There is something vague with the memory timing operation of 8086 microprocessor as I read from many sources. There is a TAVDV which is the time from when a valid address goes on the bus until a valid data appears on the bus (in the read cycle). Have a look at this book (page 58).
To calculate that (the figure on page 59), it assumes 3 clock cycles as a whole and then subtract two redundant terms. One is the TCLAV which means the time from clock to when valid address is on the bus and the other term is TDVCL which means the time when valid data is on the bus until the edge of the clock.
The idea is pretty simple if you look at those pages. The problem is that the calculation of TDVCL seems to be wrong. Why??
The clock period of 8086 (5 MHz) is 200ns. Since the duty cycle is 30%, that means 133ns for low and 66ns for high is assumed. Therefore,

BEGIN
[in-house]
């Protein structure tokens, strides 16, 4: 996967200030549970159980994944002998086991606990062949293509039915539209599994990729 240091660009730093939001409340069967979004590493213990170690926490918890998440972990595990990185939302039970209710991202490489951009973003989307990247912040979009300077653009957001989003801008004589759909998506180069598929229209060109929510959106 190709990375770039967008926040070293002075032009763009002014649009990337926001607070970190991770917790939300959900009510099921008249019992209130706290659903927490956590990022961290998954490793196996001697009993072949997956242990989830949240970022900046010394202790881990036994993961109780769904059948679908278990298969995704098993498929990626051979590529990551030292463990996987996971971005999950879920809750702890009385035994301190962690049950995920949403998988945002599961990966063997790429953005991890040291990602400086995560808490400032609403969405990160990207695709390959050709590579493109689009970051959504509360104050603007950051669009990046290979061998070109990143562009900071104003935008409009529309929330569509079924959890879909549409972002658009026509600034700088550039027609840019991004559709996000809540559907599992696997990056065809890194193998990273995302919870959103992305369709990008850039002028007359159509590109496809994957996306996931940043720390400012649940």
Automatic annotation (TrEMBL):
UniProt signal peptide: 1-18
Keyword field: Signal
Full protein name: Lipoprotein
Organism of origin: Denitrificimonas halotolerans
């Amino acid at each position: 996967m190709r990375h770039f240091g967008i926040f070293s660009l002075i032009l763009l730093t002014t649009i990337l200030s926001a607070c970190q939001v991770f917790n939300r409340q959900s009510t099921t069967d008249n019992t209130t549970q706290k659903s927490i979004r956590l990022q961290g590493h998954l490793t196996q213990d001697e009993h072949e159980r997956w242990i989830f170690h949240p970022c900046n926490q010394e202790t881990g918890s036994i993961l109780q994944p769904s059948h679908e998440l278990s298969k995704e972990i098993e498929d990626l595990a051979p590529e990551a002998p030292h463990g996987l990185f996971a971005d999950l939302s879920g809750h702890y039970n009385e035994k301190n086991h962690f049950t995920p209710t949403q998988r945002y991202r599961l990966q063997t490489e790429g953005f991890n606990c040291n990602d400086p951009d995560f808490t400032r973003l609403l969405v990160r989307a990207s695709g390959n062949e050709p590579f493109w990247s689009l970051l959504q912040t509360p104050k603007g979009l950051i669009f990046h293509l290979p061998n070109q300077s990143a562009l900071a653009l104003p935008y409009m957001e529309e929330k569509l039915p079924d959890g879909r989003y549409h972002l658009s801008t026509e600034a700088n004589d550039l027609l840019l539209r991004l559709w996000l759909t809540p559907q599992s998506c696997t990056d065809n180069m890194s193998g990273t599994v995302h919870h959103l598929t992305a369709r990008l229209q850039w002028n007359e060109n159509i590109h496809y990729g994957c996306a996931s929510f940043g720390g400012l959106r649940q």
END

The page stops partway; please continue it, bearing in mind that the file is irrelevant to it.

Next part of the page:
TCLAV = ONE_PERIOD - Tsetup - T_ONE
I don't know the
200-66=133 and assuming an arbitrary value for
Tsetup, we reach 110ns for TAVCL (as stated in the book).
Now, the book says TDVCL is 30ns. How that is calculated? Data lines must hold valid values according to the
Tsetup. Therefore, in my opinion, TDVCL is absolutely greater than 66ns (which is the time for the clock to be high).
Can someone explain how that is calculated?
I paste the text and figure here